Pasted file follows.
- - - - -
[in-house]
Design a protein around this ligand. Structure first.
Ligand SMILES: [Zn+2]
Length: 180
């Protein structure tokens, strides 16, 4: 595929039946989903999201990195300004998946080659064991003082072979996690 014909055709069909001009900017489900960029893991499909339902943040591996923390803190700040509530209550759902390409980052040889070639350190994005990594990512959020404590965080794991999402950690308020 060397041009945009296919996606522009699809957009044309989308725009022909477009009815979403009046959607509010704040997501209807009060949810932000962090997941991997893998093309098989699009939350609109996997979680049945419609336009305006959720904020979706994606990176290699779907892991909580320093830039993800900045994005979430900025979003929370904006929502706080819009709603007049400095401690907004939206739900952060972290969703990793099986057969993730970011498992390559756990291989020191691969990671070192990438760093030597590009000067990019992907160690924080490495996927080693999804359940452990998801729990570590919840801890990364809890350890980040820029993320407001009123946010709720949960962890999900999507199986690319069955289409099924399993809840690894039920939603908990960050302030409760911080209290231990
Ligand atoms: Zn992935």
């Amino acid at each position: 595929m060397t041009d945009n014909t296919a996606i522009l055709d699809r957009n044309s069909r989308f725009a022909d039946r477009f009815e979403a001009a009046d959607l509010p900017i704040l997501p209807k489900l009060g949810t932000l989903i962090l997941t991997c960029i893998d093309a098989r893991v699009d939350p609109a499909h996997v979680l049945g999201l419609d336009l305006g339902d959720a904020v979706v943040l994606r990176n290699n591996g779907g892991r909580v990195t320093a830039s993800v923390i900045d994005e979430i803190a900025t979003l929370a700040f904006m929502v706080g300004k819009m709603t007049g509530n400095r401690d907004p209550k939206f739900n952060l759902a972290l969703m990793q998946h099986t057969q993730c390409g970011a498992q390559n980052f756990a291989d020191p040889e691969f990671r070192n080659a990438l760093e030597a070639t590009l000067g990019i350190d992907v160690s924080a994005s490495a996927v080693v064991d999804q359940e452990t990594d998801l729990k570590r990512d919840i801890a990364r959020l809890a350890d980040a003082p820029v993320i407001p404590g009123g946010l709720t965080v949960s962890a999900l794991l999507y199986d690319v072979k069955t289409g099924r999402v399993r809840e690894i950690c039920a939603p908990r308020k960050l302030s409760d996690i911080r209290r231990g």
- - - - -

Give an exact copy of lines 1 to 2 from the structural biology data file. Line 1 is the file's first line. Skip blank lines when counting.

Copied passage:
[in-house]
Design a protein around this ligand. Structure first.